Population policy: Biggest challenge is to develop skilled human resources
There appears to be a sense of complacency among government policymakers, who often assert that Bangladesh is currently reaping the benefits of a demographic dividend. Some even go so far as to assert that the surplus population is not a burden, but rather a boon. Regrettably, they seem to overlook a significant disparity between their rhetoric and the prevailing reality.
While it is true that a country experiences a demographic dividend when its working-age population surpasses the non-working-age populace, this circumstance is not solely a numbers game. It hinges upon how adeptly and skillfully this population has been cultivated. For Bangladesh to capitalize on its advantageous demographic position, it's imperative not only to possess a favorable population distribution but also to ensure the provision of essential social safety, including access to education and healthcare to create opportunities to develop them as healthy and efficient citizens.
Professor Mohammad Mainul Islam of Population Science Department of Dhaka University has rightly said that the goal of development is to improve the quality of life of all people. It is important to shift the attention from the number to quality.
The landmark International Conference on Population and Development (ICPD) held in the Kenyan capital, Nairobi, from 12-14 November, 2019, emphasised the achievement of three zero goals—zero maternal mortality, zero sexual and gender-based violence, and the elimination of harmful practices. We failed to meet any of these three targets. Rather, many potential lives are lost due to child marriage. There is no guarantee that we will be able to achieve those by 2030. So how can demographic dividends be expected?
The initial population policy in Bangladesh was formulated in 1976, with subsequent revisions occurring in 1994 and 2012. All three policies underscored the importance of population control. The latest initiative to update the population policy now places greater emphasis on population management rather than strict control. However, experts believe that maintaining effective family planning policies remains crucial until a replacement fertility rate is achieved.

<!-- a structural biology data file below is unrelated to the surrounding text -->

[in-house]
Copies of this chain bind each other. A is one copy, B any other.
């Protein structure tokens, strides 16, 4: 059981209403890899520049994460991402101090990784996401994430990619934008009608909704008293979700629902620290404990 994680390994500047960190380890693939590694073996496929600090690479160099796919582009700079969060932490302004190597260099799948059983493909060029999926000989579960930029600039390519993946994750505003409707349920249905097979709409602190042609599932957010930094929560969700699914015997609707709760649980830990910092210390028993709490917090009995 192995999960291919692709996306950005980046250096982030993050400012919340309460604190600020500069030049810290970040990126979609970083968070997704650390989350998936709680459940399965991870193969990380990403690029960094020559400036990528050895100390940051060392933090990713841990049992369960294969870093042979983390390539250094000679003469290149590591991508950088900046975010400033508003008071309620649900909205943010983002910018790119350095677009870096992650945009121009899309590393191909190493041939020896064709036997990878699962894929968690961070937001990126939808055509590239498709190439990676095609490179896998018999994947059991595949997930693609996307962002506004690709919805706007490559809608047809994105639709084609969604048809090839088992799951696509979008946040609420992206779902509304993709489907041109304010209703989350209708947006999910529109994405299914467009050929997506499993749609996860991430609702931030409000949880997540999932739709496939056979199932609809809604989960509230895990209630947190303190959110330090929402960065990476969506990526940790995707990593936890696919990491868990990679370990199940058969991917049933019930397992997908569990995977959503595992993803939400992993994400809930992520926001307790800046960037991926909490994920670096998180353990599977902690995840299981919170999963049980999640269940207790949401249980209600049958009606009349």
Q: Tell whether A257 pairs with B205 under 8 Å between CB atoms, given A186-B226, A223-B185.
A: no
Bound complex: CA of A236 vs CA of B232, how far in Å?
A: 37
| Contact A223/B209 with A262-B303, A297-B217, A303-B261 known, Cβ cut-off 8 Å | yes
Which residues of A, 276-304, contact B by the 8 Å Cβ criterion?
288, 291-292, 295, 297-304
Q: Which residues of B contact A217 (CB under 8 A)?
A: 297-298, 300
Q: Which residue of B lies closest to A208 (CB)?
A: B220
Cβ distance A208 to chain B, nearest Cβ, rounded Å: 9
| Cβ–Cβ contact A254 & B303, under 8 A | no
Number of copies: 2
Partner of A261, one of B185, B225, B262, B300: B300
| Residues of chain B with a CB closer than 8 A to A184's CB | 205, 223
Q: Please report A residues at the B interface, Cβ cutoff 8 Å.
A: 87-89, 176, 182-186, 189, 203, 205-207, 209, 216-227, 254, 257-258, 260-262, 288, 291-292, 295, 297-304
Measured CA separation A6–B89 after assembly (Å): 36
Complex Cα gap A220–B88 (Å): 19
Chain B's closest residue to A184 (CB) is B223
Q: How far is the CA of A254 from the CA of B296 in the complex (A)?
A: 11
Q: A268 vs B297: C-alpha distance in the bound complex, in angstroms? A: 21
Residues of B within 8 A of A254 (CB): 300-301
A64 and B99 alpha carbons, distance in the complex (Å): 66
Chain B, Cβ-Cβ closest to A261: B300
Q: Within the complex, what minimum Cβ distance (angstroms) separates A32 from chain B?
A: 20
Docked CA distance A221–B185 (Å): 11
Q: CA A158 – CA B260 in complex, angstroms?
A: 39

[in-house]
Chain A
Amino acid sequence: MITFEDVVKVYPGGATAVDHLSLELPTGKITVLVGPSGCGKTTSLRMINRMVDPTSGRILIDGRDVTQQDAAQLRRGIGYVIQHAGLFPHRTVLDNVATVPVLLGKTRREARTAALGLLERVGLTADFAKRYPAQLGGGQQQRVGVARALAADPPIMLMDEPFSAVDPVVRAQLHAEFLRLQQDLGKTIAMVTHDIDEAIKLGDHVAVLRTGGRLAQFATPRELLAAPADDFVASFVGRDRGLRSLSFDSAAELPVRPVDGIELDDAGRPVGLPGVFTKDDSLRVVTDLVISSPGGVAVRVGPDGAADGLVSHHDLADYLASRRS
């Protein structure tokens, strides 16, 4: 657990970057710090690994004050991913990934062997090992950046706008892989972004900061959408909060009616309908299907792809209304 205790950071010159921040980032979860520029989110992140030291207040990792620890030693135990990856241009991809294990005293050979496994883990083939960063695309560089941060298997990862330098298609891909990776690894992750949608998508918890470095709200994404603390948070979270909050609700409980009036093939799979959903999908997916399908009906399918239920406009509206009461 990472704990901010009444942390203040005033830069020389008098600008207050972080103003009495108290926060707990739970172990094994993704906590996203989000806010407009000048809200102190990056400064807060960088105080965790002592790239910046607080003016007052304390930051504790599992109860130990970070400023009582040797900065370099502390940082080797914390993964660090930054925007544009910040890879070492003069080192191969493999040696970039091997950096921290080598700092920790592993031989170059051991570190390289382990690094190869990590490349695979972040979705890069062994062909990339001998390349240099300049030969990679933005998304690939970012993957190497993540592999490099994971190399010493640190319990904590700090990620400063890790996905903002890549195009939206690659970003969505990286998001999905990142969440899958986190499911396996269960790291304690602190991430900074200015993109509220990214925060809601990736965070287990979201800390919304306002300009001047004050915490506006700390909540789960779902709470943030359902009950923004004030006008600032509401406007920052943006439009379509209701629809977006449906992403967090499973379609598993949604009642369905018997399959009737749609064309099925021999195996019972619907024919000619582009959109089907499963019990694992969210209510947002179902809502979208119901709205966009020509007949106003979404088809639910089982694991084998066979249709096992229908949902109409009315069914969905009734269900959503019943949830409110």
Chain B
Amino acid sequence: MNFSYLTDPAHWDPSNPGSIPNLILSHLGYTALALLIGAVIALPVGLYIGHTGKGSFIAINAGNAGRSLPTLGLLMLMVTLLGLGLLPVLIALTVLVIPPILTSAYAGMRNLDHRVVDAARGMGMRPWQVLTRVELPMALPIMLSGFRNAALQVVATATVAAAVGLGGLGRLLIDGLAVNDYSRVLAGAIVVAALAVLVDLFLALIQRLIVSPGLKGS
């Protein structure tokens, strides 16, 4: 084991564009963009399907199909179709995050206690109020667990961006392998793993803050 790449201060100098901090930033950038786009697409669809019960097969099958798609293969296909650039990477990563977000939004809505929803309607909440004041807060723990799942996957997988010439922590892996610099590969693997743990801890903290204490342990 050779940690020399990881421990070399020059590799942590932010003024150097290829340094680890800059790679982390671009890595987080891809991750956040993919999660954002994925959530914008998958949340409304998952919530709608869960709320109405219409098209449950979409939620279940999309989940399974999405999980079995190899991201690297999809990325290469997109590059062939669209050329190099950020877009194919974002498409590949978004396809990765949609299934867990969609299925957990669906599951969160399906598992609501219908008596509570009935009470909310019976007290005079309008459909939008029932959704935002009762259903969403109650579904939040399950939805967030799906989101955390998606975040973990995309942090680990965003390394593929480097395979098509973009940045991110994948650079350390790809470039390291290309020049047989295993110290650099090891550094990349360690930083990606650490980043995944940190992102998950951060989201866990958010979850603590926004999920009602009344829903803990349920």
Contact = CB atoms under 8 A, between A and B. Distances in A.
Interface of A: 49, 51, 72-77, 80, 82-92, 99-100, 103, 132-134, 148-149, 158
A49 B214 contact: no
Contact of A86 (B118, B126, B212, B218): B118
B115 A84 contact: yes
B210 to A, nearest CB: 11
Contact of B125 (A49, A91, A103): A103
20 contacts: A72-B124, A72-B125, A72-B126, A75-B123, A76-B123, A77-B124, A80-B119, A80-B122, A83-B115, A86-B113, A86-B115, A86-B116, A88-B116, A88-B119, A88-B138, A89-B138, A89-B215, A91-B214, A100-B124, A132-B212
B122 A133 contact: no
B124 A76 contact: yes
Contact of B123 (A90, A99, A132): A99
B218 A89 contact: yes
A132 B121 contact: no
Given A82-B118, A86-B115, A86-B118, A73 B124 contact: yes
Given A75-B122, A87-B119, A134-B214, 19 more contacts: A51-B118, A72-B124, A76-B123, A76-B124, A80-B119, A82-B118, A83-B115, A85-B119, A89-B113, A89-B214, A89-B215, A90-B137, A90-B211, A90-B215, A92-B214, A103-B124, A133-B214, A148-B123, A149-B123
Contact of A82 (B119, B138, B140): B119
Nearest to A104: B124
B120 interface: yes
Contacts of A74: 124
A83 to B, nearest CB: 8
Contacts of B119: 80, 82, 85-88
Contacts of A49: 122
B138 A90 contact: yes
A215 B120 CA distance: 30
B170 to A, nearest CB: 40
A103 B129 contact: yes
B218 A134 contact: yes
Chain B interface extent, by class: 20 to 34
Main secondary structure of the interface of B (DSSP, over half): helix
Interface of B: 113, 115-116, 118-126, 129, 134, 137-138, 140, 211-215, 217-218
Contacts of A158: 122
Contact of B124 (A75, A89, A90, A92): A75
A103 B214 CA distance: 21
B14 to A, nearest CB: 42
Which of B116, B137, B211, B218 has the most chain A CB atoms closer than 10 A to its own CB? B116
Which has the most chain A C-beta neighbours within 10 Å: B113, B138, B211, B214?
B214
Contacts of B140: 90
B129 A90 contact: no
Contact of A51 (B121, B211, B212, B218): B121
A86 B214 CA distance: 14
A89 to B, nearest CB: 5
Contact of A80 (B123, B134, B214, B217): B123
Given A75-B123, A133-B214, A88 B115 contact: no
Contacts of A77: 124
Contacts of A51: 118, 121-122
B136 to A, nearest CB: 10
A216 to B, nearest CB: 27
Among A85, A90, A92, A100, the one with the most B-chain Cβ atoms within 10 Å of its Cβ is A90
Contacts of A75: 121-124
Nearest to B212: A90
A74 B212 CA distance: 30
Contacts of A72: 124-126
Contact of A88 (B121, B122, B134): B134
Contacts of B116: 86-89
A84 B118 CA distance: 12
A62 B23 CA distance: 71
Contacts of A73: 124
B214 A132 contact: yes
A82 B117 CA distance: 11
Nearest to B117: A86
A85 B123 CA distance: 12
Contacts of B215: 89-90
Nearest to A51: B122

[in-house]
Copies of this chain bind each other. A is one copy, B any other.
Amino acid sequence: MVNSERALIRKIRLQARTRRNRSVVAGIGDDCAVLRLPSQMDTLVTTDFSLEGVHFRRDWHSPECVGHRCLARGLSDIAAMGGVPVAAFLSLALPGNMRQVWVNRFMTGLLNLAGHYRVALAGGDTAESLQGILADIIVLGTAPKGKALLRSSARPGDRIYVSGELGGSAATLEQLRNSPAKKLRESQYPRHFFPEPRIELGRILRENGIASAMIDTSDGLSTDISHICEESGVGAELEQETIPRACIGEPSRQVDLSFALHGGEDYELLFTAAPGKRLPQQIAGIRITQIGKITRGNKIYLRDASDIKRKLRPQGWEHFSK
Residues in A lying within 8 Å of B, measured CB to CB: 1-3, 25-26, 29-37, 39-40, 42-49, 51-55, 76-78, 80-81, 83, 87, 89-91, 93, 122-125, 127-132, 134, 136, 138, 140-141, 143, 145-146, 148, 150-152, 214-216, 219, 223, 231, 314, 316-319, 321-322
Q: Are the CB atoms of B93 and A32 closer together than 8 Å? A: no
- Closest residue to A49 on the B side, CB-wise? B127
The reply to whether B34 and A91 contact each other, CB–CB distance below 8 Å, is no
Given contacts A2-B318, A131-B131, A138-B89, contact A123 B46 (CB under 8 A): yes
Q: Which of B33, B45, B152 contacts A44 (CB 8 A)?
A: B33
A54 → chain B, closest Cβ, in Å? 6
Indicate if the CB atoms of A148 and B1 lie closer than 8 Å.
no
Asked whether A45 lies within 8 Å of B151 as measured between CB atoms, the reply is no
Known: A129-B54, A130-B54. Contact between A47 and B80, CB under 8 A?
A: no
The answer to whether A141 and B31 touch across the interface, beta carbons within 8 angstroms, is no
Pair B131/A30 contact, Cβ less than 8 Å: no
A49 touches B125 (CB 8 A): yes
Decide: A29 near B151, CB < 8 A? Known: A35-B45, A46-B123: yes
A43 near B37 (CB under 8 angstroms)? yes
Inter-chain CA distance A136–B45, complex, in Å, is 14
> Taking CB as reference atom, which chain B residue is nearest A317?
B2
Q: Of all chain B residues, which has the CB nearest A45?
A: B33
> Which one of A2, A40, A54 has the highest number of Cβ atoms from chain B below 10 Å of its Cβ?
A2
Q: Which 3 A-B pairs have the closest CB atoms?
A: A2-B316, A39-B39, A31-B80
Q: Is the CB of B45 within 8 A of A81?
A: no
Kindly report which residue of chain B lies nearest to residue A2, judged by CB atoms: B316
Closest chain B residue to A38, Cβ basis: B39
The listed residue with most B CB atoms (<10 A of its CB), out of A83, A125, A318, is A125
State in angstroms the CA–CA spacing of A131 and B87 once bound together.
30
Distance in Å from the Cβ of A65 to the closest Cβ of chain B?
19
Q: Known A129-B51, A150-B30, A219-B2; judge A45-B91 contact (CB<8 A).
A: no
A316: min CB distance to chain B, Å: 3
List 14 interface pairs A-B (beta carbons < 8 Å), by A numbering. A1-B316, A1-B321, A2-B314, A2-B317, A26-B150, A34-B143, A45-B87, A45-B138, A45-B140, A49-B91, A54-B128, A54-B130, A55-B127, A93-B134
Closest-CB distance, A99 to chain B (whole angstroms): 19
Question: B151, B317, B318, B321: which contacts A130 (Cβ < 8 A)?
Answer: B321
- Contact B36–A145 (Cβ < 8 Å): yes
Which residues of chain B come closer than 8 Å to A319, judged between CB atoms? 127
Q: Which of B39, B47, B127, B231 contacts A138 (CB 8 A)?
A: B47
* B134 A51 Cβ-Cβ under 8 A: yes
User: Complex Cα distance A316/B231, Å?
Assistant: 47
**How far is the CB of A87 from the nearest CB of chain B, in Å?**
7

If the concept of management entails ensuring every citizen's access to education, healthcare, and dign employment opportunities, then it certainly warrants support. To facilitate the implementation of the population policy, the National Population Council was established as an institutional framework. This council holds the authority to introduce modifications to the population policy, providing directives where necessary. Regrettably, after 2010, the council did not hold any further meetings.
In the past, population control campaigns prominently promoted the slogan "Two children are enough, regardless of gender." Subsequently, the approach shifted to advocating "No more than two children, and one is preferable." Despite facing challenges in various socio-economic domains, women have taken a lead in adopting birth control methods. According to a report by Prothom Alo, the rate of modern birth control method adoption among couples stands at 55 percent, whereas only 9 percent of men opt for it.
We firmly believe that our focus should be directed towards both effective management and ensuring replacement-level fertility rates. In situations where meeting the minimal basic requirements of the existing population proves difficult, further population growth is more likely to yield adverse outcomes rather than a demographic dividend. Therefore, in addition to fostering skilled and proficient manpower, it's imperative to coordinate the rate of population growth with management capabilities. Education, health care and social safety of every citizen should be ensured.